Embedded Scripts - Stop it!

2020-10-14

I recently started making a website. I needed to store some credientials info locally in the user's browser. I had to give some thought that I can't let 3rd parties access those credientials and that's lead to a bunch of rabbit holes.

It's surprising the number of services out there that will tell you to embed their JavaScript into your webpage. If you do that then those scripts could be reading all the data on the page including login credientials, your credit card number, contact info, whatever else is on the page.

In other words, for example, to use the disqus comment service you effectively add a script like this

<script src="yourblog.disqus.com/embed.js"></script>

Disqus uses that to insert an iframe and then show all the comments and the UI for adding more. I kind of wanted to add comments to the site above via disqus but there's no easy way to do it securely. The best I can think of is I can make a 2nd domain so that on the main page I create an iframe that links to the 2nd domain and that 2nd domain then includes that disqus script.

I'm not dissing disqus, I'm just more surprised this type of issue is not called out more as the security issue it is.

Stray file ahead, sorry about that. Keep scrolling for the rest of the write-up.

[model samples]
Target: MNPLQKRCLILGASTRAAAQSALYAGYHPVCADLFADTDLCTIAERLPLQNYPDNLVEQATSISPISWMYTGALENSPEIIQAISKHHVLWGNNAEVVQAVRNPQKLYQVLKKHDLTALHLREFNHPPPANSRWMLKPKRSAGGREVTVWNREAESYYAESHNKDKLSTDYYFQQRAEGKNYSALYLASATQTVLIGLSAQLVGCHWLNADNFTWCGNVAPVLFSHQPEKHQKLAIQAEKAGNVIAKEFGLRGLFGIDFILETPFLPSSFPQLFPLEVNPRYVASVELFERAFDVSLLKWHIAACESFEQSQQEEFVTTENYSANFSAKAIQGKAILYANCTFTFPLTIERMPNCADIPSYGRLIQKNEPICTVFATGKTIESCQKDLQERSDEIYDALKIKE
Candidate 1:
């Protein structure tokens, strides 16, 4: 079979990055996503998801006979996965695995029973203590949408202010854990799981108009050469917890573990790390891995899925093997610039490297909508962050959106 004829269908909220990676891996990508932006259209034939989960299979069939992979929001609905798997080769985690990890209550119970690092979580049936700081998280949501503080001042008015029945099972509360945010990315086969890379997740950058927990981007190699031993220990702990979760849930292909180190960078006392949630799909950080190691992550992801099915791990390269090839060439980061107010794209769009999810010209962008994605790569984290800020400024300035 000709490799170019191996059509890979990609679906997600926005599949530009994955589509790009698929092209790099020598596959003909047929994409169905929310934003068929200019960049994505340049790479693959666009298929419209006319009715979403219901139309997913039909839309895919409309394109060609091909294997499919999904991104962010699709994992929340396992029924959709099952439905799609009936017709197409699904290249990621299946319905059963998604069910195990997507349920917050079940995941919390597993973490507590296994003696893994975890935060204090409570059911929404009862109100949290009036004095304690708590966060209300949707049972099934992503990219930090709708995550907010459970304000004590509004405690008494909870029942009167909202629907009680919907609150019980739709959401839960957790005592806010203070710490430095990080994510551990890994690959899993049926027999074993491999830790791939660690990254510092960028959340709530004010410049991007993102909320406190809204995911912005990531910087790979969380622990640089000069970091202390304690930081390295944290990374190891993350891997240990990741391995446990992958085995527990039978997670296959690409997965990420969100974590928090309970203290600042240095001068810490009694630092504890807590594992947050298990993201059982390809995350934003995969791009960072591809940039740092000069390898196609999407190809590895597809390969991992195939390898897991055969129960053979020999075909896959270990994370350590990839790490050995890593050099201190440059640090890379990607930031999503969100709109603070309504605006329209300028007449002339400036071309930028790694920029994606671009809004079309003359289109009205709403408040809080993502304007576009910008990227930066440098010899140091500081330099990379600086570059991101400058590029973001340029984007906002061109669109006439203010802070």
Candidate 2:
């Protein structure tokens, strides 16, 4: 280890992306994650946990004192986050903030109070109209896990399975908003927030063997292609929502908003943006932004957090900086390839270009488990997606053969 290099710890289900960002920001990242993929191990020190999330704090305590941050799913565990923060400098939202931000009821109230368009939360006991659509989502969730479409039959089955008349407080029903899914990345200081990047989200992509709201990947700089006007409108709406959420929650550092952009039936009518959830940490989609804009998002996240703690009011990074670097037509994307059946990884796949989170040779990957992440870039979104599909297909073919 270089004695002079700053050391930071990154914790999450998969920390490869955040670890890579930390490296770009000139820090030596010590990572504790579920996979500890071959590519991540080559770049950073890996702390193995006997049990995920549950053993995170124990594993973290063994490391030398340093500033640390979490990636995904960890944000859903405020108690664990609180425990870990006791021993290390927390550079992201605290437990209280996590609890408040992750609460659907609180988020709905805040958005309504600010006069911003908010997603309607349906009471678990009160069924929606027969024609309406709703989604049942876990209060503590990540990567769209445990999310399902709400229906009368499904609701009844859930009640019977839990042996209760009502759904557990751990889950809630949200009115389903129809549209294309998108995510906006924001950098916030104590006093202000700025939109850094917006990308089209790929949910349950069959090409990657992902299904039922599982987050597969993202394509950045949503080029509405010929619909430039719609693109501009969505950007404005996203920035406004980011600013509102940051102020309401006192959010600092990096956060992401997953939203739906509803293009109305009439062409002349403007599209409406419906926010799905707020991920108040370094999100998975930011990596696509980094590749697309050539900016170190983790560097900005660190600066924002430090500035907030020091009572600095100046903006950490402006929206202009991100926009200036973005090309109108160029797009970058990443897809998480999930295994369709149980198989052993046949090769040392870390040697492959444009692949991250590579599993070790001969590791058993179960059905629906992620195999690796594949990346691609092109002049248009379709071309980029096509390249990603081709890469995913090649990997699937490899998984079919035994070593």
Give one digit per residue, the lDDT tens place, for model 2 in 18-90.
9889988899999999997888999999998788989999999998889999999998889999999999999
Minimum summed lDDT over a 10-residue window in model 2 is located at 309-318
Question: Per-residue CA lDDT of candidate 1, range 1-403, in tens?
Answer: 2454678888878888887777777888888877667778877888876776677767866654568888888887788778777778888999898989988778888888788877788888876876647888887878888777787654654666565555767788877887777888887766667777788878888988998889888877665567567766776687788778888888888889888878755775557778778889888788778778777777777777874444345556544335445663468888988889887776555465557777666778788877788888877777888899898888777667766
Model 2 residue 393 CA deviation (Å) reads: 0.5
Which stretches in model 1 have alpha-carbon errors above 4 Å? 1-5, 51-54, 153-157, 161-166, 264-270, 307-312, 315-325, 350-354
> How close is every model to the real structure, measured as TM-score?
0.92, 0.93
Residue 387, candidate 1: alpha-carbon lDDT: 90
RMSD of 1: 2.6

I looked into how codepen allows embedding a pen recently. Here's the UI for embedding

Notice of the 4 methods they mark HTML as recommended. Well if you dig through the HTML you see it does this

<script async src="https://static.codepen.io/assets/embed/ei.js"></script>

Yes, it powns your page. Fortunately they offer using an iframe but it's surprising to me they recommend the insecure, we own your site, embed our script directly on your page option over the others. In fact I'd argue it's irresponsible for them offer that option at all. I'm not trying to single out codepen, it's common across may companies. Heck, Google Analytics is probably the most common embedded script with Facebook's being second.

I guess what goes through most people's heads who make this stuff is "we're trustworthy so nothing to worry about". Except,

  1. It sets a precedent to trust all such similar sites offering embedded scripts

  2. I might be able to trust "you" but I can I trust all your employees and successors?

    We're basically setting up a world of millions of effectively compromised sites and then praying that it doesn't become an issue sometime in the future.

  3. Even if I trust you you could be compelled to use your backdoor.

    I suppose this is unlikely but who knows. Maybe the FBI comes knocking requesting that for a specific site you help them steal credientials because they see your script is on the site they want to hack or get info from.

Anyway, I do have comments on this site by disqus using their script and I have google analytics on here too. This site though has no login, there are no credientials or anything else to steal. For the new site though I'll have to decide on whether or not I want to run comments at all and if so setup the second domain.

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